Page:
This was just a bit before Sanders' "major" foreign-policy speech, in which he never even mentioned Palestine or ethnocratic Israel (that's Jewish-supremacist Israel for those who don't grasp such things; you know, exactly like White Supremacism only specifically Jewish that gets a pass because, well, "holocaust" that ostensibly excuses them doing to others what they bemoan others doing to them):
One foreign policy issue, however, on which Sanders has attracted criticism from members of his own left-wing base is the Israel-Palestine conflict. Some pro-Palestinian progressives have accused him of giving Israel a pass. In an interview in April, for example, Sanders dismissed the Boycott, Divestment and Sanctions movement; he also signed his name to a controversial letter attacking the U.N. for having an “anti-Israel agenda.”
Nonetheless, it is undeniable that in recent years the Vermont senator, who is Jewish and briefly lived on a kibbutz in Israel in the 1960s, has taken a more pro-Palestinian position on the conflict and, specifically, against the right-wing government of Benjamin Netanyahu. “There comes a time when … we are going to have to say that Netanyahu is not right all of the time,” he told Clinton during a Democratic primary debate in April 2016.
These days, unlike other members of Congress, Sanders has no qualms about identifying, and decrying, the Israeli occupation of the West Bank and Gaza. But does he accept that the United States is complicit in Israel’s occupation, through its military aid and arms sales? And does he also accept, therefore, that the occupation of the Palestinian territories will never end until the U.S. stops arming and funding the Jewish state?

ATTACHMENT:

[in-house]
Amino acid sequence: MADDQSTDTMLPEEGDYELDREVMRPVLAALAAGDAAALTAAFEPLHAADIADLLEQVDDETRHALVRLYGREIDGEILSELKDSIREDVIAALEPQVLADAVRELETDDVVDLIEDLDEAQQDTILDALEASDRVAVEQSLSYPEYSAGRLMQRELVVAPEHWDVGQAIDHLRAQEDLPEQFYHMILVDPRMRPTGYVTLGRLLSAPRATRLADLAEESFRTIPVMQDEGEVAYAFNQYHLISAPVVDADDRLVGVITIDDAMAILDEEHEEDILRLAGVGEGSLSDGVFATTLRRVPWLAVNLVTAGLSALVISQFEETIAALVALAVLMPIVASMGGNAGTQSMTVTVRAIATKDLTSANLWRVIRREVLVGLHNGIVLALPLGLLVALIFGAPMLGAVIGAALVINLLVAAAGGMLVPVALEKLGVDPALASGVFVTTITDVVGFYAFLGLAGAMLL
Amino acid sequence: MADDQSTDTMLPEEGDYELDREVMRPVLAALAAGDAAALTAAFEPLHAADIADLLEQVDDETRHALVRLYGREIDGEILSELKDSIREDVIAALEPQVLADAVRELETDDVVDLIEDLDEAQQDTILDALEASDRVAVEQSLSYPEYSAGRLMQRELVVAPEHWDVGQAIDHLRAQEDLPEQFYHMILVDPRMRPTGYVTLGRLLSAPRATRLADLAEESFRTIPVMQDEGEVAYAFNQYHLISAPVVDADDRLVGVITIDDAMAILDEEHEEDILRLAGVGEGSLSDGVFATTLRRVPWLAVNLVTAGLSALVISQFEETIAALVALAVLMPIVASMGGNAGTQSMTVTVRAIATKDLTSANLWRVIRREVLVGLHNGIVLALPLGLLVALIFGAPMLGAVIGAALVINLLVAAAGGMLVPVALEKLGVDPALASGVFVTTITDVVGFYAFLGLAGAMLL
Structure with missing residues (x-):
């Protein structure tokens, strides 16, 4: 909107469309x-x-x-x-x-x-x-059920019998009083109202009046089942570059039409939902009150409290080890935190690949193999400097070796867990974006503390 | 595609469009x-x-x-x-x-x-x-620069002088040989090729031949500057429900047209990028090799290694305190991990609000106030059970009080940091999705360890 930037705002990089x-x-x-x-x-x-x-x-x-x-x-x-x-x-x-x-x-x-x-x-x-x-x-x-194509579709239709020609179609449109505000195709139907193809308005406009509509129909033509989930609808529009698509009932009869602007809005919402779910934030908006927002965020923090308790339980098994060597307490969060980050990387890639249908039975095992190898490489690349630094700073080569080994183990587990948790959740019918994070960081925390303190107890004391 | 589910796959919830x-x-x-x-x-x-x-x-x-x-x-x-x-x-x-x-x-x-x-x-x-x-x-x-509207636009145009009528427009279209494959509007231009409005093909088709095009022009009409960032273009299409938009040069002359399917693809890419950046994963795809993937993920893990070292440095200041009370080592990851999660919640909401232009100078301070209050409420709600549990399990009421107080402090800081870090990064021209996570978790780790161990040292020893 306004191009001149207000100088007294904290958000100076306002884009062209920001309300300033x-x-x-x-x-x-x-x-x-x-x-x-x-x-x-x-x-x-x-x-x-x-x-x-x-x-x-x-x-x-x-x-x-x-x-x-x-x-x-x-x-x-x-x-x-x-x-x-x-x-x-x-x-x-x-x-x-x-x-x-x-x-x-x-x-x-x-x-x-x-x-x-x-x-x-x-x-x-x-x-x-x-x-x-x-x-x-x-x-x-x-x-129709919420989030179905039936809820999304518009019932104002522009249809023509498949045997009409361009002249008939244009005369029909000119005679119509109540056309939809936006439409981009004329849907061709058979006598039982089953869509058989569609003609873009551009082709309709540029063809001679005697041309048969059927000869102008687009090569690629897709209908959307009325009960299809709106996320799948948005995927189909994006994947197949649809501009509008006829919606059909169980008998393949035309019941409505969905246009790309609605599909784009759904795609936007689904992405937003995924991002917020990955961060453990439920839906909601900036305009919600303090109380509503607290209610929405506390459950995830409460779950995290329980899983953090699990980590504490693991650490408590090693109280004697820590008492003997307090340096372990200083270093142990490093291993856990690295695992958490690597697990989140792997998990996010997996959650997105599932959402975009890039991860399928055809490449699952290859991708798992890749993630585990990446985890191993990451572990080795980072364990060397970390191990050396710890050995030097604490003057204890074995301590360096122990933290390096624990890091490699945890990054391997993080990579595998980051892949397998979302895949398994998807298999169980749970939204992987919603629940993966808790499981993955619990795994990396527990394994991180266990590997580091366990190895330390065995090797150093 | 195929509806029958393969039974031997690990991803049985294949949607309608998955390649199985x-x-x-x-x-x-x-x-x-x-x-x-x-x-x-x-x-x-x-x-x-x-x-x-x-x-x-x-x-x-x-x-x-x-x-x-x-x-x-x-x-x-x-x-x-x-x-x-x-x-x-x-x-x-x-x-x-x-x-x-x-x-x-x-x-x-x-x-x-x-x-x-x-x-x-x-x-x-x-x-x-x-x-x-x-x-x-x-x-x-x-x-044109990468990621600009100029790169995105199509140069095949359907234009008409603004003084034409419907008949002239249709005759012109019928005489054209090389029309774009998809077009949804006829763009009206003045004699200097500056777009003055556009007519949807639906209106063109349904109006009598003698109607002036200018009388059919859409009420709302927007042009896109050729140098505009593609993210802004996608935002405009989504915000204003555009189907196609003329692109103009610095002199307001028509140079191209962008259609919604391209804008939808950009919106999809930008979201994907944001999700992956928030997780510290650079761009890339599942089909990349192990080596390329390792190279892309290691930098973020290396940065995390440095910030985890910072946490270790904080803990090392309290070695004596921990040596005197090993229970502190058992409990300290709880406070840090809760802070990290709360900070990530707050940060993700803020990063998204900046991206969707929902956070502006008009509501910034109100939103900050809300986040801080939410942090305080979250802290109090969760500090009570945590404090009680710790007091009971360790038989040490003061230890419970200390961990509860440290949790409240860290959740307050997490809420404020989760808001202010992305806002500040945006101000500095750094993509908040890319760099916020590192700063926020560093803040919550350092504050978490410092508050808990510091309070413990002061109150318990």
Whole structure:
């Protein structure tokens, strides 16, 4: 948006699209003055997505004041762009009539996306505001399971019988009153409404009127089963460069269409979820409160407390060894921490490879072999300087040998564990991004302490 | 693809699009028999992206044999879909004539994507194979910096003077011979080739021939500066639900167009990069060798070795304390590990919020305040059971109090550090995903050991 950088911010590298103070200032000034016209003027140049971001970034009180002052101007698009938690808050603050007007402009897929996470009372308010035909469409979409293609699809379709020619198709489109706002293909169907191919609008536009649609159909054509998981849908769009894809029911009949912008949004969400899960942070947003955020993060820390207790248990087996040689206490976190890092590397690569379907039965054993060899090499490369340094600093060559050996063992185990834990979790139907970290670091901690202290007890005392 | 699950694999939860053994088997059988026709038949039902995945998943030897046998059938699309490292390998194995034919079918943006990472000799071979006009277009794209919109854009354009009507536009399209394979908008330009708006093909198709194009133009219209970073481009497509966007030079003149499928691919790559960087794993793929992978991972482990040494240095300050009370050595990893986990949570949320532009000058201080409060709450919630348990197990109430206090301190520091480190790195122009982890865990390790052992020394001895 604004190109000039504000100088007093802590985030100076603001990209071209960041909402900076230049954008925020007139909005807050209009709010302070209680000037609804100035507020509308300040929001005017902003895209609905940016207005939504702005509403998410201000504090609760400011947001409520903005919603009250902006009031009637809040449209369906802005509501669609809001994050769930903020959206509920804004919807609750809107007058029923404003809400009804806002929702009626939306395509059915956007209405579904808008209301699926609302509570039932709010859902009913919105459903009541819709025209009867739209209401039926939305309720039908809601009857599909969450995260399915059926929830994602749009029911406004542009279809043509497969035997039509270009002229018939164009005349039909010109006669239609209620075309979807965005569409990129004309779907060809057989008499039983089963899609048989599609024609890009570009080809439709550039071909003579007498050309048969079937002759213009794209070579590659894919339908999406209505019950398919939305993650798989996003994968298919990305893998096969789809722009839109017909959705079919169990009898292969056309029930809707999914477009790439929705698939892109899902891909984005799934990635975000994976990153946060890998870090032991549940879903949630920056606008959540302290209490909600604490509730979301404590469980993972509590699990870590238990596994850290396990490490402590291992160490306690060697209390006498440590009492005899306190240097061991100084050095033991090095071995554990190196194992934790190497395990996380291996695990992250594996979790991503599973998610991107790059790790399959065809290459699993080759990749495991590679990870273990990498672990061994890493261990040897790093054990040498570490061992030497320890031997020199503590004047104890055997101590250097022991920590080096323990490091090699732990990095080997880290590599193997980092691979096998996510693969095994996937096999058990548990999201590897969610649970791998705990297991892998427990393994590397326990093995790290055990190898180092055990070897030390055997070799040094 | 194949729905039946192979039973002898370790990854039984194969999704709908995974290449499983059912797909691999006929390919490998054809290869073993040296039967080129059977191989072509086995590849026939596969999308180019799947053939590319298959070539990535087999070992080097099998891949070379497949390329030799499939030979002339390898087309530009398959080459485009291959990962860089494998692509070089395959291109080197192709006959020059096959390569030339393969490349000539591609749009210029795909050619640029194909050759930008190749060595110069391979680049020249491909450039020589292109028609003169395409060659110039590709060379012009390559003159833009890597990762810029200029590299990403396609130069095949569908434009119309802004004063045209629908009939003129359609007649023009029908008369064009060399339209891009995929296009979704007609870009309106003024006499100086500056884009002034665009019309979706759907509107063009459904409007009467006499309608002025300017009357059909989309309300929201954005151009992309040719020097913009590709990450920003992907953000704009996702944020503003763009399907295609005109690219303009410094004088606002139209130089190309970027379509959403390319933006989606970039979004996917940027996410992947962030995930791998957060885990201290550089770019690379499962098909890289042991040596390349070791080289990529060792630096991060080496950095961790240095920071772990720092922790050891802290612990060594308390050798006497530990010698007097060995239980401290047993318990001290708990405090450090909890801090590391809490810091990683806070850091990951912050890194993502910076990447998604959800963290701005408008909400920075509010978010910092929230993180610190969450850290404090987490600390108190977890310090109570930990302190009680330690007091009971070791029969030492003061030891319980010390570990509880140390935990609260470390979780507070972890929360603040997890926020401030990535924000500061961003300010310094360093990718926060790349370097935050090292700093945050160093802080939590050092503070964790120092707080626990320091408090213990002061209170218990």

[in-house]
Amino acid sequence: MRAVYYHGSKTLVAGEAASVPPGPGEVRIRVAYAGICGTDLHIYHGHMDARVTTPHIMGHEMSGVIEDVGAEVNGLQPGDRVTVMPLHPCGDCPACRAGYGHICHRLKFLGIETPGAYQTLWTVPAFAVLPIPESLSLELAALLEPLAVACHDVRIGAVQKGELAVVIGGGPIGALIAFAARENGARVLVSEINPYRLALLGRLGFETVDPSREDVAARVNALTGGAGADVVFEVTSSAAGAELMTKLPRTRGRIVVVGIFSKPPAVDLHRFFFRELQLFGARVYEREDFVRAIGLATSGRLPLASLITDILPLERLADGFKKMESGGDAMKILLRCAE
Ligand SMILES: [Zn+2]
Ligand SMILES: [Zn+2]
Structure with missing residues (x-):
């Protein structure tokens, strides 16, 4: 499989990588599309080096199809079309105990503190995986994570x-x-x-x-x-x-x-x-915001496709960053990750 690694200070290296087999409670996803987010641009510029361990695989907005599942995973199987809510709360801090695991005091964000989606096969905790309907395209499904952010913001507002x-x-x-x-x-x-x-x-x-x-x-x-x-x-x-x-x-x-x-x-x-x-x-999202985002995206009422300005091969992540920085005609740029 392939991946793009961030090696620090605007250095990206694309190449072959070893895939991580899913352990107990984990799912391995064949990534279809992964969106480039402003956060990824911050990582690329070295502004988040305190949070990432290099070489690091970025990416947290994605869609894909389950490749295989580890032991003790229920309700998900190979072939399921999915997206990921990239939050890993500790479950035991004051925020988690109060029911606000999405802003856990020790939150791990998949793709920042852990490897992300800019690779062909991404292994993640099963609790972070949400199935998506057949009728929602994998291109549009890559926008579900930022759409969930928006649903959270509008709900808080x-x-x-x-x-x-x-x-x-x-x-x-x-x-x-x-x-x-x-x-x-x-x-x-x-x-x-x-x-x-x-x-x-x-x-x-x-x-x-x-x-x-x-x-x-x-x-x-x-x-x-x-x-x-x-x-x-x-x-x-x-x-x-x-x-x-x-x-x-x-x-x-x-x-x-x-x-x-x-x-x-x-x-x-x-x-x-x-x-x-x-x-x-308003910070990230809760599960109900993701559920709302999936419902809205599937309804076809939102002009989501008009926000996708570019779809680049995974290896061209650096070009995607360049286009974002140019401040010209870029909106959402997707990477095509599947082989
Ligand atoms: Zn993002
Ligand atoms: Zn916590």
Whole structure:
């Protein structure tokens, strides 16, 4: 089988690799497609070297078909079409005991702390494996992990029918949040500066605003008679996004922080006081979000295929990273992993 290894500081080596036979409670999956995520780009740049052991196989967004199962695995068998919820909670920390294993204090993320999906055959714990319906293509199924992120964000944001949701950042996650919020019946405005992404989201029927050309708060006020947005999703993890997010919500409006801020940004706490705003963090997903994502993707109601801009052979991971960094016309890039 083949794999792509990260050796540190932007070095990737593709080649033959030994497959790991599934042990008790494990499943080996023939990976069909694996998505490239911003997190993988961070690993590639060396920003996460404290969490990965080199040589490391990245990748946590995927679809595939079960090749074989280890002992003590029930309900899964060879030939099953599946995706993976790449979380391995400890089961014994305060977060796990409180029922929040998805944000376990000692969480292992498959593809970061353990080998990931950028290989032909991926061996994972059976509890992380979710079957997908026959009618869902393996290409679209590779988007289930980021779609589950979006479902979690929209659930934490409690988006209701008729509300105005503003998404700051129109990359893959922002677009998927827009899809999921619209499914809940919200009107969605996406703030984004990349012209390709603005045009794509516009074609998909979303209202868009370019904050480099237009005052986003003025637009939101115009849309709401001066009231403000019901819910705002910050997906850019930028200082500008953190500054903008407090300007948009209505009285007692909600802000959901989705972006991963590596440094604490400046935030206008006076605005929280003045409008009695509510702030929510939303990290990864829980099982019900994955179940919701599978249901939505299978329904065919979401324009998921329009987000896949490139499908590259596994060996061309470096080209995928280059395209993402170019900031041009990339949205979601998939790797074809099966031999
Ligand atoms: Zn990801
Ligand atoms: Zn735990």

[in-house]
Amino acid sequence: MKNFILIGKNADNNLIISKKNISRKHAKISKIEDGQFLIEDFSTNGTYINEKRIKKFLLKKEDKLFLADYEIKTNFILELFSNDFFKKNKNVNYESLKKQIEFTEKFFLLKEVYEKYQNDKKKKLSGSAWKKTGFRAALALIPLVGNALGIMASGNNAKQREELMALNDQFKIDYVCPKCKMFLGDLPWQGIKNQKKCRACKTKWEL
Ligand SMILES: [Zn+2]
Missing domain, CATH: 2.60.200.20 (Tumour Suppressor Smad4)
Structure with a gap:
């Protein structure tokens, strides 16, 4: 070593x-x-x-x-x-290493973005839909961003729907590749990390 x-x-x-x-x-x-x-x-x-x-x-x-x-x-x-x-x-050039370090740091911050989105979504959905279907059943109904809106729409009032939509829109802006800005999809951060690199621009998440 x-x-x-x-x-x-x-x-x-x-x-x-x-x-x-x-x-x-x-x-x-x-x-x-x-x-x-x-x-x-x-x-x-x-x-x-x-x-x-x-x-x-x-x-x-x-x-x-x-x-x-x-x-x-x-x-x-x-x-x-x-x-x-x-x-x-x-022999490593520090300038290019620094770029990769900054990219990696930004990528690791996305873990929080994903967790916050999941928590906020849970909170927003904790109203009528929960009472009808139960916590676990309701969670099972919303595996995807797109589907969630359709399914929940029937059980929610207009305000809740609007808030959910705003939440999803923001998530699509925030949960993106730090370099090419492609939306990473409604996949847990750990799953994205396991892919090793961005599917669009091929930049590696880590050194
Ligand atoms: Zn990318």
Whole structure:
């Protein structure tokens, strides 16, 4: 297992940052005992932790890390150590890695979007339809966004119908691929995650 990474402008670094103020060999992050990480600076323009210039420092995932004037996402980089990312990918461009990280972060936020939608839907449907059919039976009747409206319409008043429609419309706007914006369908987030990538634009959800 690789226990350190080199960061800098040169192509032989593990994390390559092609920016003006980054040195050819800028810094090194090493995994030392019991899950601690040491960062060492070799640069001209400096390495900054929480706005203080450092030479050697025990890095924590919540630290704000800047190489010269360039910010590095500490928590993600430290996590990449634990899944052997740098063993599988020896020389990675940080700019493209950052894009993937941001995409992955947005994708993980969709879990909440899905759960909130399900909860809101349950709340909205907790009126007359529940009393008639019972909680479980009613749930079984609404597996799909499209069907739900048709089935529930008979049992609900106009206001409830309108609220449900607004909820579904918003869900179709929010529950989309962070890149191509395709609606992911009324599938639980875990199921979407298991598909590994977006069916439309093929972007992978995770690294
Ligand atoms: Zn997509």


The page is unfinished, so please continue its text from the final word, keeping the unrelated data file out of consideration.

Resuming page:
“Certainly the United States is complicit, but it’s not to say … that Israel is the only party at fault,” he tells me. However, he adds, “in terms of Israeli-Palestinian relations the United States has got to play a much more even-handed role. Clearly that is not the case right now.”
Would he, therefore, ever consider voting to reduce U.S. aid to Israel — worth at least $3bn per annum — or U.S. arms sales to the Israeli military?
“The U.S. funding plays a very important role, and I would love to see people in the Middle East sit down with the United States government and figure out how U.S. aid can bring people together, not just result in an arms war in that area. So I think there is extraordinary potential for the United States to help the Palestinian people rebuild Gaza and other areas. At the same time, demand that Israel, in their own interests in a way, work with other countries on environmental issues.” He then, finally, answers my question: “So the answer is yes.”
It is — by the depressingly low standard of modern U.S. politics — a remarkable and, dare I say it, radical response from Sanders. “Aid to Israel in Congress and the pro-Israel community has been sacrosanct,” the Jewish Telegraphic Agency noted earlier this year, “and no president has seriously proposed cutting it since Gerald Ford in the mid-1970s.”